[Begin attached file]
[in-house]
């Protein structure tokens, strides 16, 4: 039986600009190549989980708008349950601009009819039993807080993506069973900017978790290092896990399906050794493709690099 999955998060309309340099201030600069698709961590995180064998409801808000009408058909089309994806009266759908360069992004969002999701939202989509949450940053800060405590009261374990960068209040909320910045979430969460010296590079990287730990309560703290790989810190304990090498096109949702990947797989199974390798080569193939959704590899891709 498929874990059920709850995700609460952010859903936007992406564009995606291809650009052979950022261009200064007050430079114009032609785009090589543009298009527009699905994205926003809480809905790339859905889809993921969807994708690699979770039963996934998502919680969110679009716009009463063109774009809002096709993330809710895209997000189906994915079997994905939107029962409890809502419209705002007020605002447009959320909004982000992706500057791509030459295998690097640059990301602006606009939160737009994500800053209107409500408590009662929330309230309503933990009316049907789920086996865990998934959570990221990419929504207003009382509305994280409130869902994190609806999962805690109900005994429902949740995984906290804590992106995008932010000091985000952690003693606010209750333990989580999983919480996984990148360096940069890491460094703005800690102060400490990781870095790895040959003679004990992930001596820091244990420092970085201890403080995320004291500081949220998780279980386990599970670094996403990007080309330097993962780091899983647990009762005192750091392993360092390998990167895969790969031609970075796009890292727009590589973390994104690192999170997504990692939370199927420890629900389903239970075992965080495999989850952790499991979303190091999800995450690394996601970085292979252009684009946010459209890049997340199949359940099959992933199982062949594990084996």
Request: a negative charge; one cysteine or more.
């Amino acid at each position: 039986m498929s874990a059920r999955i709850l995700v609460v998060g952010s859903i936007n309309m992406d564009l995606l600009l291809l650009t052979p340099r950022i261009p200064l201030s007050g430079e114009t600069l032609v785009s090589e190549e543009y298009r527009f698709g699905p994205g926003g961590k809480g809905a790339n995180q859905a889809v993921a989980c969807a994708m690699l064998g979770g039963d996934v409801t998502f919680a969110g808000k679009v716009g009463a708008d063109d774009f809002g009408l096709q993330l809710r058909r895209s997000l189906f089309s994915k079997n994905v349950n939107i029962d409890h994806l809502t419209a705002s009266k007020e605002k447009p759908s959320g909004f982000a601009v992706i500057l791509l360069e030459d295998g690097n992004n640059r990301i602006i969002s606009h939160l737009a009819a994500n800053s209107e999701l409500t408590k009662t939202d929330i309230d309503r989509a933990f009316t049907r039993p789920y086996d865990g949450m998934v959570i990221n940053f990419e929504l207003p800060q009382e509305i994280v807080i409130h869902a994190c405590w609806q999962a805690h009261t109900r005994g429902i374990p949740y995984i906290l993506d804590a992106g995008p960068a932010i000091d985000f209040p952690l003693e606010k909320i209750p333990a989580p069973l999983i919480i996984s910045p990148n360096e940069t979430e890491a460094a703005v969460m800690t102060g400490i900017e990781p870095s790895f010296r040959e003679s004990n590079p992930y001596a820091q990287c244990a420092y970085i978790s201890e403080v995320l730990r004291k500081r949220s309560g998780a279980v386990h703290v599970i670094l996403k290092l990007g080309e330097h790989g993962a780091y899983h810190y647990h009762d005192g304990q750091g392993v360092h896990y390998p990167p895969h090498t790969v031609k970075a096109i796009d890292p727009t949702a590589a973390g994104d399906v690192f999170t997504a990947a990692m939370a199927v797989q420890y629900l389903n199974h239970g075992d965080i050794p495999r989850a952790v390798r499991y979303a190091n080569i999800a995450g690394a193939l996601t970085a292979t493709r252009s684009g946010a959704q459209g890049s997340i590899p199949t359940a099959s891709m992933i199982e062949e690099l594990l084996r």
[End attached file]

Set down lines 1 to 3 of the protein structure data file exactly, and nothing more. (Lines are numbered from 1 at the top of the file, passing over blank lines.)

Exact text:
[in-house]
């Protein structure tokens, strides 16, 4: 039986600009190549989980708008349950601009009819039993807080993506069973900017978790290092896990399906050794493709690099 999955998060309309340099201030600069698709961590995180064998409801808000009408058909089309994806009266759908360069992004969002999701939202989509949450940053800060405590009261374990960068209040909320910045979430969460010296590079990287730990309560703290790989810190304990090498096109949702990947797989199974390798080569193939959704590899891709 498929874990059920709850995700609460952010859903936007992406564009995606291809650009052979950022261009200064007050430079114009032609785009090589543009298009527009699905994205926003809480809905790339859905889809993921969807994708690699979770039963996934998502919680969110679009716009009463063109774009809002096709993330809710895209997000189906994915079997994905939107029962409890809502419209705002007020605002447009959320909004982000992706500057791509030459295998690097640059990301602006606009939160737009994500800053209107409500408590009662929330309230309503933990009316049907789920086996865990998934959570990221990419929504207003009382509305994280409130869902994190609806999962805690109900005994429902949740995984906290804590992106995008932010000091985000952690003693606010209750333990989580999983919480996984990148360096940069890491460094703005800690102060400490990781870095790895040959003679004990992930001596820091244990420092970085201890403080995320004291500081949220998780279980386990599970670094996403990007080309330097993962780091899983647990009762005192750091392993360092390998990167895969790969031609970075796009890292727009590589973390994104690192999170997504990692939370199927420890629900389903239970075992965080495999989850952790499991979303190091999800995450690394996601970085292979252009684009946010459209890049997340199949359940099959992933199982062949594990084996």
Request: a negative charge; one cysteine or more.